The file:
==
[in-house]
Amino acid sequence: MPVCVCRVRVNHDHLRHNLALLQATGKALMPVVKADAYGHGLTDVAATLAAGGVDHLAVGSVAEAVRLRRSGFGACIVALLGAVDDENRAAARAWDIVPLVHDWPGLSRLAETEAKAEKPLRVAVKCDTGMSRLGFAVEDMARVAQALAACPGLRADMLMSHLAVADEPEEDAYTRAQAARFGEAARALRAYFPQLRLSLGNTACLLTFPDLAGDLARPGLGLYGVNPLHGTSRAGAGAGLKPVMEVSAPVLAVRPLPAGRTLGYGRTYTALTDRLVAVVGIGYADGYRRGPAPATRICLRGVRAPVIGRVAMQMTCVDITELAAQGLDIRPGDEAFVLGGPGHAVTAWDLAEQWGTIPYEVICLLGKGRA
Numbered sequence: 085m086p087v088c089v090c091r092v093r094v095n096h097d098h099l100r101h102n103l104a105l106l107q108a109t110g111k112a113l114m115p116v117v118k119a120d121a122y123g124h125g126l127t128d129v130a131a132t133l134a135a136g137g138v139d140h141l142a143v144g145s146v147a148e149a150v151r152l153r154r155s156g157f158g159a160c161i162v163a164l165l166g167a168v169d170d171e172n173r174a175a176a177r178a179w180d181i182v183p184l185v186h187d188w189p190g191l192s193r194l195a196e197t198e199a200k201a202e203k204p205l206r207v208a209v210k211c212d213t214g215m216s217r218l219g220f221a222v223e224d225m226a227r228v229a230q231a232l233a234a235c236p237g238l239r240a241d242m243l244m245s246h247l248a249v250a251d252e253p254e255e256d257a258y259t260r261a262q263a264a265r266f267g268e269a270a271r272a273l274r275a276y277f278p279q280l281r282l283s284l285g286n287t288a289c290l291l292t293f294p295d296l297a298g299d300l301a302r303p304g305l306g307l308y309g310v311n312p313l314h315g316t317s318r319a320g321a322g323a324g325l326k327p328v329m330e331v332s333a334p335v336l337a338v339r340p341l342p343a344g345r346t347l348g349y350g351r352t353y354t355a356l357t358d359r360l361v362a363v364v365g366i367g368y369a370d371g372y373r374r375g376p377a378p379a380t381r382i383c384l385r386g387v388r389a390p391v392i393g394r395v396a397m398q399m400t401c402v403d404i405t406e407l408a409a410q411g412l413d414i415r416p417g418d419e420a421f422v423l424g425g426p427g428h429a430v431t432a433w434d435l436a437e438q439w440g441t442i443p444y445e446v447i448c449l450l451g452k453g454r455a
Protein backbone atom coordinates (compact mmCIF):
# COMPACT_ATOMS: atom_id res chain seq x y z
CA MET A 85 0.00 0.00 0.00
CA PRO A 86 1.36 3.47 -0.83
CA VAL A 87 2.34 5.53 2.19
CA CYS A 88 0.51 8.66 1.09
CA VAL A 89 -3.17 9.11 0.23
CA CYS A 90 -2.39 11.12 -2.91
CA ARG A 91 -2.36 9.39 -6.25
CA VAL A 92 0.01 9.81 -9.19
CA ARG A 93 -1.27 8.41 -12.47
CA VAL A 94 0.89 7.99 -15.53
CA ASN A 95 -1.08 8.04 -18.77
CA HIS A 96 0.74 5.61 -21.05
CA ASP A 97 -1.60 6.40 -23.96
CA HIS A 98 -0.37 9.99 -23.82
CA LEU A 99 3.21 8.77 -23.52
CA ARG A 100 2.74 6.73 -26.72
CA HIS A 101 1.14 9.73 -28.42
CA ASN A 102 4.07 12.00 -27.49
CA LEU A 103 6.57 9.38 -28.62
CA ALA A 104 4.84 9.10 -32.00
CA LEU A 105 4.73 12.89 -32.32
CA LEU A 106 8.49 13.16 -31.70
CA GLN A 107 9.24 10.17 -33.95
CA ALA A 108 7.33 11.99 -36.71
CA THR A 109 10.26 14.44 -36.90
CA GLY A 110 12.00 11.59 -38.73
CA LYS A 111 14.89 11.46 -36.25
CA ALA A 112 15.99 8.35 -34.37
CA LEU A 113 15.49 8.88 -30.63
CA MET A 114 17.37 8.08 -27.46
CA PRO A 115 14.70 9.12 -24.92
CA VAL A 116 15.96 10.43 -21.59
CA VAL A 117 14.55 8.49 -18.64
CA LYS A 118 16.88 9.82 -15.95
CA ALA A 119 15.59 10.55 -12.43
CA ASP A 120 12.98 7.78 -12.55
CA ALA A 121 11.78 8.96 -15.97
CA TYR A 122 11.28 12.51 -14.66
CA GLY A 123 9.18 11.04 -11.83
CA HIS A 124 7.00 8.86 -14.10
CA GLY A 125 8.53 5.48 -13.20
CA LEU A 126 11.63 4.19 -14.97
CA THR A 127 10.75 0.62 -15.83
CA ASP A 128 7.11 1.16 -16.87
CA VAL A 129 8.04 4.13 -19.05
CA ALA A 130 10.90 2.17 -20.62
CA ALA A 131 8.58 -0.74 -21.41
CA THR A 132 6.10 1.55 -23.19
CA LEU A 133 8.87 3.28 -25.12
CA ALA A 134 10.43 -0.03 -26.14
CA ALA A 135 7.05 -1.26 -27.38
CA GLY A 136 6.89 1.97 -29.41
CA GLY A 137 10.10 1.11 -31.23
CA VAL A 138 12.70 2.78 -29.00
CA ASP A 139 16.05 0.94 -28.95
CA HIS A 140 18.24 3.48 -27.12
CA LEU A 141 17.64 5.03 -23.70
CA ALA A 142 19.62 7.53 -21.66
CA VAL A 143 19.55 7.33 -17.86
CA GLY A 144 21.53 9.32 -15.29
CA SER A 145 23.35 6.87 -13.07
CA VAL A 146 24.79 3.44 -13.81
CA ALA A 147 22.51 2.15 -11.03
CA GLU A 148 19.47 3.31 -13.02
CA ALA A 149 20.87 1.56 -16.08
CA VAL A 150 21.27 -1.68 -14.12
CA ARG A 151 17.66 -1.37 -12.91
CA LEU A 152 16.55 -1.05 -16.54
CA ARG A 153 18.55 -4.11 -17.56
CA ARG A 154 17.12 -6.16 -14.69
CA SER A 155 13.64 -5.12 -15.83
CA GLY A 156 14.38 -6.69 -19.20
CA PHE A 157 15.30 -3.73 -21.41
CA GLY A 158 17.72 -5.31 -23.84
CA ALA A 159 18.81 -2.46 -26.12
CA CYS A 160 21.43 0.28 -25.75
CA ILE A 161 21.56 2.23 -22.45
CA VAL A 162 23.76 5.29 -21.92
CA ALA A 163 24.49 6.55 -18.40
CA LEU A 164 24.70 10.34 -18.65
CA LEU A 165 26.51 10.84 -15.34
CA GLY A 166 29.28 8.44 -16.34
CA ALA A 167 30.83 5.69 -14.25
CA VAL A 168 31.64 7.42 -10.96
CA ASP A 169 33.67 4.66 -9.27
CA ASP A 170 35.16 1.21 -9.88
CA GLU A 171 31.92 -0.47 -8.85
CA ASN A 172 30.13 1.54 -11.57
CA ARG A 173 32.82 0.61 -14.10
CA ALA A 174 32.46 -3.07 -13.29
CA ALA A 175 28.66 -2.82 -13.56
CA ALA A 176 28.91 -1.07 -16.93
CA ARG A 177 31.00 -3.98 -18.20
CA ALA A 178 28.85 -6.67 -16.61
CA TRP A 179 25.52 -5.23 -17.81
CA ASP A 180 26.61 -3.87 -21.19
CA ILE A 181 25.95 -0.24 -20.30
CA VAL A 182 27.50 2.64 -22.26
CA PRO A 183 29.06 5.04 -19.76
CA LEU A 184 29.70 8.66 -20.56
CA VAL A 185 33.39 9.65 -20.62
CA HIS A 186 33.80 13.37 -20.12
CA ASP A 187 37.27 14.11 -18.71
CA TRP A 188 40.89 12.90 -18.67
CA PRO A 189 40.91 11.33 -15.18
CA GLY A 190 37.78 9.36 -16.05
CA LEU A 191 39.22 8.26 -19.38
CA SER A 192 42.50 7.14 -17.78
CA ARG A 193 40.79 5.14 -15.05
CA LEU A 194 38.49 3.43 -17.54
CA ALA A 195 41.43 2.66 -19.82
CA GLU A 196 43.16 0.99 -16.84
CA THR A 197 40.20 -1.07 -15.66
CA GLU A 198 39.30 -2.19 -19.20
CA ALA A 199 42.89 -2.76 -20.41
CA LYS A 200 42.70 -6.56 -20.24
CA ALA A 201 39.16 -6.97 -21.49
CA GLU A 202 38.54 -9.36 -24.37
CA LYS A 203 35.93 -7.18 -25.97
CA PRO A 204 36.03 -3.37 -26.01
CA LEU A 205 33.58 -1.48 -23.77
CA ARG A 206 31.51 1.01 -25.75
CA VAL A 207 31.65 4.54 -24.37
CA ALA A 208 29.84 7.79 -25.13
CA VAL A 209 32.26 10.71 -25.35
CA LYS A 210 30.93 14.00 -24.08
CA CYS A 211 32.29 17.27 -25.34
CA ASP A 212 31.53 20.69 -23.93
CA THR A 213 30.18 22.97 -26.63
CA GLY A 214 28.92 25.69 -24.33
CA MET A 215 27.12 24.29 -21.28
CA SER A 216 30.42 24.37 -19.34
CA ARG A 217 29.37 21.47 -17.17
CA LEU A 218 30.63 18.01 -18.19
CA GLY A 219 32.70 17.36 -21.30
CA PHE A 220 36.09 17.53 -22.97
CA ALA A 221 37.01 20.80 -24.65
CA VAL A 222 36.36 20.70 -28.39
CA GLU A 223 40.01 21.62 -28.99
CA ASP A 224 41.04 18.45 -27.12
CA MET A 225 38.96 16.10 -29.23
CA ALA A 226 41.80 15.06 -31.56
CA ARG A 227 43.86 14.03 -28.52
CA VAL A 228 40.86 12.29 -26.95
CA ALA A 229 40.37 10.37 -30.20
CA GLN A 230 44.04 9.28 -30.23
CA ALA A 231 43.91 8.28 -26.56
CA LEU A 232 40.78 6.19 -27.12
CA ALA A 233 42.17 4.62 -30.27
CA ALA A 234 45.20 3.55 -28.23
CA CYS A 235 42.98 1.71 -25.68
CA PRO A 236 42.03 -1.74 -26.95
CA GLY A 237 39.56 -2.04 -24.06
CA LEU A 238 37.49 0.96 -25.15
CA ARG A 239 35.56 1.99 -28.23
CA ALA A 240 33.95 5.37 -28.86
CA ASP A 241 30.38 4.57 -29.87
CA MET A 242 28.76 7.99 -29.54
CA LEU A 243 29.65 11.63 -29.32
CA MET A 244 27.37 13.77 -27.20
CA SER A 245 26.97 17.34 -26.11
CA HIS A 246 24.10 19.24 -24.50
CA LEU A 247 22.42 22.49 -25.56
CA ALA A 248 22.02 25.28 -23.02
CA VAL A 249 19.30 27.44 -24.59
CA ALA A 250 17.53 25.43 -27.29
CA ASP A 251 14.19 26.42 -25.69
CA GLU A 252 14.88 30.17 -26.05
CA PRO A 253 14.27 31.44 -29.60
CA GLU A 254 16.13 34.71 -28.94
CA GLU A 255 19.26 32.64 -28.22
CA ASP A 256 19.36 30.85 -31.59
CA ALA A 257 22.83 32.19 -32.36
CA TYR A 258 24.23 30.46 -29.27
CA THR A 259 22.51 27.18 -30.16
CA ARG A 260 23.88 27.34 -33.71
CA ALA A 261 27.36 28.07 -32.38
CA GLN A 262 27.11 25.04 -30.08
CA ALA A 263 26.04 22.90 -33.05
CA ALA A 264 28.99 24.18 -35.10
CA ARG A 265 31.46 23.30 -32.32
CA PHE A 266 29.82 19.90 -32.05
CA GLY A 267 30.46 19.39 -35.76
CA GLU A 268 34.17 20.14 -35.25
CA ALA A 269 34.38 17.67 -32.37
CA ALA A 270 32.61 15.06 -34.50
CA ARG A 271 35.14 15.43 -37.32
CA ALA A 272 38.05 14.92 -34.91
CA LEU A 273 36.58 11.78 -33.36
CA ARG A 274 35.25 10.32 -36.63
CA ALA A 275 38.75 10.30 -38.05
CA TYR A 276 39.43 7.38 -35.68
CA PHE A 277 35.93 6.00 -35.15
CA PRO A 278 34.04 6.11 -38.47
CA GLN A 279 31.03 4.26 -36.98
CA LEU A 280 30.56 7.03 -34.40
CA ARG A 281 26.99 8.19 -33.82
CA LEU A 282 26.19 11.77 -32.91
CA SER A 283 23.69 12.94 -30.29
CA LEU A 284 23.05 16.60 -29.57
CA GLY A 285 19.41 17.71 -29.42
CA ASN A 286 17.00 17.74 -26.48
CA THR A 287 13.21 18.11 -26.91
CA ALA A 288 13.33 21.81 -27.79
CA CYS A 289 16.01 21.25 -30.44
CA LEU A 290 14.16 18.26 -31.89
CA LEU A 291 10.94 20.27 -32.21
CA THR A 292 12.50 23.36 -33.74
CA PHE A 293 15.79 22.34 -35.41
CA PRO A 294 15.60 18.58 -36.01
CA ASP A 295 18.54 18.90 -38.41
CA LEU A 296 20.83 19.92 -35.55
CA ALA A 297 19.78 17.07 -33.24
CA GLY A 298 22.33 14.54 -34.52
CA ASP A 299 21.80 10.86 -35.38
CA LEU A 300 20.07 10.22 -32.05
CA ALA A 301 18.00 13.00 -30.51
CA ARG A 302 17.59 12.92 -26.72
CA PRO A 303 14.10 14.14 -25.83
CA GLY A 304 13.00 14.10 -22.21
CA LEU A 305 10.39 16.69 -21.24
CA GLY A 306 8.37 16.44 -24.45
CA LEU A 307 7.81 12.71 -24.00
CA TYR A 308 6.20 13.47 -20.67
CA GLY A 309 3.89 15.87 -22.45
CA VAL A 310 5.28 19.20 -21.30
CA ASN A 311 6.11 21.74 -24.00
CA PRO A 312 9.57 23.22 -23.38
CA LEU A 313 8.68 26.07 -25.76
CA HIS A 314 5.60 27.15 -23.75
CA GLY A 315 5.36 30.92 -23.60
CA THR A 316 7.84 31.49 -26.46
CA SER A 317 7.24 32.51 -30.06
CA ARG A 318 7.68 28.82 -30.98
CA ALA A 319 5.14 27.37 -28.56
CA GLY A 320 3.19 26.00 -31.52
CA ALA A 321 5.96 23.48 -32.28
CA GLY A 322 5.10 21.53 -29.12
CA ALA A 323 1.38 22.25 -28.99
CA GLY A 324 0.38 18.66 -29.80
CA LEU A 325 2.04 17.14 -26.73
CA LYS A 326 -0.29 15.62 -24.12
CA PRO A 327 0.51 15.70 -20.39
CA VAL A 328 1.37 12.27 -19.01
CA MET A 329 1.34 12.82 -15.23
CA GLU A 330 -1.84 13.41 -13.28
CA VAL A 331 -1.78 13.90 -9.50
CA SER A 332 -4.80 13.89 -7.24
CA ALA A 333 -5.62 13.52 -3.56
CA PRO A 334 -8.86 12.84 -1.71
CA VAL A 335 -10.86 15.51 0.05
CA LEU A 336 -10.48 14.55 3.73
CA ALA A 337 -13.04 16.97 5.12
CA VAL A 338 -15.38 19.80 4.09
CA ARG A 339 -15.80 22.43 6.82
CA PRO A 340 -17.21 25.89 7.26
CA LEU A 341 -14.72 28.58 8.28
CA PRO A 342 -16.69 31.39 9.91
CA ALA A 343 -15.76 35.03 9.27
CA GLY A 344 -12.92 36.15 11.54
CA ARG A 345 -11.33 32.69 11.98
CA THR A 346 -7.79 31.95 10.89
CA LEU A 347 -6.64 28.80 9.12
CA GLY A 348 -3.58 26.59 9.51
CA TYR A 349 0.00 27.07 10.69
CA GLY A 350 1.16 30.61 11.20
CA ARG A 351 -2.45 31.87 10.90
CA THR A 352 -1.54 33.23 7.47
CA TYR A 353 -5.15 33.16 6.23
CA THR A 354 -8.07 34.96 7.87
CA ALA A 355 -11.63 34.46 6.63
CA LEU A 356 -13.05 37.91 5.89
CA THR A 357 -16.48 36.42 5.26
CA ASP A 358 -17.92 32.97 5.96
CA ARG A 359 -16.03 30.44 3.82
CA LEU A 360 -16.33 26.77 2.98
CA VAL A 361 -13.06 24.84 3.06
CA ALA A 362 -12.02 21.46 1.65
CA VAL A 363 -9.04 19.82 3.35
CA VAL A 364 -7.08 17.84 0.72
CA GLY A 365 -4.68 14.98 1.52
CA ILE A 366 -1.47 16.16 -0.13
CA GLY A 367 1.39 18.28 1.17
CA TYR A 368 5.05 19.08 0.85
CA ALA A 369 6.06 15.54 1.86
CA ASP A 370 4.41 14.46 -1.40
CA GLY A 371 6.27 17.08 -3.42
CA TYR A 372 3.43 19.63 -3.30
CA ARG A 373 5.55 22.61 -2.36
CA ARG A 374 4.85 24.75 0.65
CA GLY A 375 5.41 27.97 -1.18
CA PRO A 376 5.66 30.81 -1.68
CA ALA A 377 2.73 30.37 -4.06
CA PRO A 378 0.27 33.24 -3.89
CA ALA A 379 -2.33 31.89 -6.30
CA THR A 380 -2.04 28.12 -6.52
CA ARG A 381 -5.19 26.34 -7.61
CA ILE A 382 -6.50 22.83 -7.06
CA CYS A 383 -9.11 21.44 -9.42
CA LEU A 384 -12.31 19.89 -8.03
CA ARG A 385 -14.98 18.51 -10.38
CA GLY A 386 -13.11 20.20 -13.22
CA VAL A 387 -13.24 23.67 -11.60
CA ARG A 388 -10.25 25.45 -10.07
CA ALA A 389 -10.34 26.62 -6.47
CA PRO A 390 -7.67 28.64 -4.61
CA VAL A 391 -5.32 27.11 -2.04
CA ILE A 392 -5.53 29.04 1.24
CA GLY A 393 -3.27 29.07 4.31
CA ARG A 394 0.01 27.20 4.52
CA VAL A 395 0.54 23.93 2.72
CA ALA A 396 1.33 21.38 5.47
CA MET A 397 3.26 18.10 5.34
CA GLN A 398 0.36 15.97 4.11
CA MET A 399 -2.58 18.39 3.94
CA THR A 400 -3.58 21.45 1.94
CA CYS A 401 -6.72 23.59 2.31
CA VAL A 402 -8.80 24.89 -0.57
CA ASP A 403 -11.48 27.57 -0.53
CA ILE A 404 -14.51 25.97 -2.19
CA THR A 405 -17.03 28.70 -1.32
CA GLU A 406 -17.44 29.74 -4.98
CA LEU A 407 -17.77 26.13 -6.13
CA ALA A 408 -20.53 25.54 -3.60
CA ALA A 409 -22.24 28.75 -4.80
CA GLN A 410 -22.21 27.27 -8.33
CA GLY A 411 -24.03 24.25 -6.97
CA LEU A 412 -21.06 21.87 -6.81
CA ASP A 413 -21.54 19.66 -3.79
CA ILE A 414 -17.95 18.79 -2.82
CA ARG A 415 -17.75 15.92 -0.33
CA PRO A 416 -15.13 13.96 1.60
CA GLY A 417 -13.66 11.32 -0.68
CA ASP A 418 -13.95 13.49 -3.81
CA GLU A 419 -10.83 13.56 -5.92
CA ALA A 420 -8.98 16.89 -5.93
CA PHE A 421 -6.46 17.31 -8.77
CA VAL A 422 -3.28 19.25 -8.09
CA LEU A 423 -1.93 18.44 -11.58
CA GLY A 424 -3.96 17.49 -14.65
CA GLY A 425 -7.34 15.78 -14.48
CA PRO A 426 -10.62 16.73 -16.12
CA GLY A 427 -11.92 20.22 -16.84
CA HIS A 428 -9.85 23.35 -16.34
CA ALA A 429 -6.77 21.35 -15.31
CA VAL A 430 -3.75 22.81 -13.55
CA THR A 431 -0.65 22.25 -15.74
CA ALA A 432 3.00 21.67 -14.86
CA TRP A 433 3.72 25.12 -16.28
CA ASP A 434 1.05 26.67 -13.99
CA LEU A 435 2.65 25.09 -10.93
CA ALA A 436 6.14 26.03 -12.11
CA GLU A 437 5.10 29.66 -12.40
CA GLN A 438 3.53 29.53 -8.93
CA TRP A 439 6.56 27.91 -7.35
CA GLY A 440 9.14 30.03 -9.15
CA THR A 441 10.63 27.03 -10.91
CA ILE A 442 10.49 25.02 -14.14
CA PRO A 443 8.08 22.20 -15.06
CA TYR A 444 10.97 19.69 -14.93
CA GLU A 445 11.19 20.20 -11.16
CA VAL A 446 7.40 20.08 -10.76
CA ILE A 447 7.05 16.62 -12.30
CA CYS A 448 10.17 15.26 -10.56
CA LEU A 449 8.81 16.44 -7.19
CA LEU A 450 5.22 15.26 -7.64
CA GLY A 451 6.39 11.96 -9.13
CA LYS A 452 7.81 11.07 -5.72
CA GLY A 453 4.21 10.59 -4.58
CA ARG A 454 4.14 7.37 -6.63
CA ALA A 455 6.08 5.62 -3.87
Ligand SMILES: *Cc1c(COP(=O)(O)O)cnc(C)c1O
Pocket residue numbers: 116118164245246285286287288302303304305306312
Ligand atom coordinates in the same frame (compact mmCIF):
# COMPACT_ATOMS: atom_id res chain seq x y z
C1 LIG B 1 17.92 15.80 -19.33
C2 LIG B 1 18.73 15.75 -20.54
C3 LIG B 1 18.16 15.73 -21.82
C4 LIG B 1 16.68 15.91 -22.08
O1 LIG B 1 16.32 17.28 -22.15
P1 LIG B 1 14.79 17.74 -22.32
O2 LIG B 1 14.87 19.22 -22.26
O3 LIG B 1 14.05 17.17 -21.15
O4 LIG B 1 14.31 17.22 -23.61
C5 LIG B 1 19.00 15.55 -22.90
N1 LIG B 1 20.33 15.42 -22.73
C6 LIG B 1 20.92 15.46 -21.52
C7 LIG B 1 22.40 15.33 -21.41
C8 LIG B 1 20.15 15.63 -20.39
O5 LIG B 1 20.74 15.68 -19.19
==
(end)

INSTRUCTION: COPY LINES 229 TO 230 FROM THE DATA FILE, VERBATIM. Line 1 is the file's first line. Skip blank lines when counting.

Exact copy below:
CA TYR A 308 6.20 13.47 -20.67
CA GLY A 309 3.89 15.87 -22.45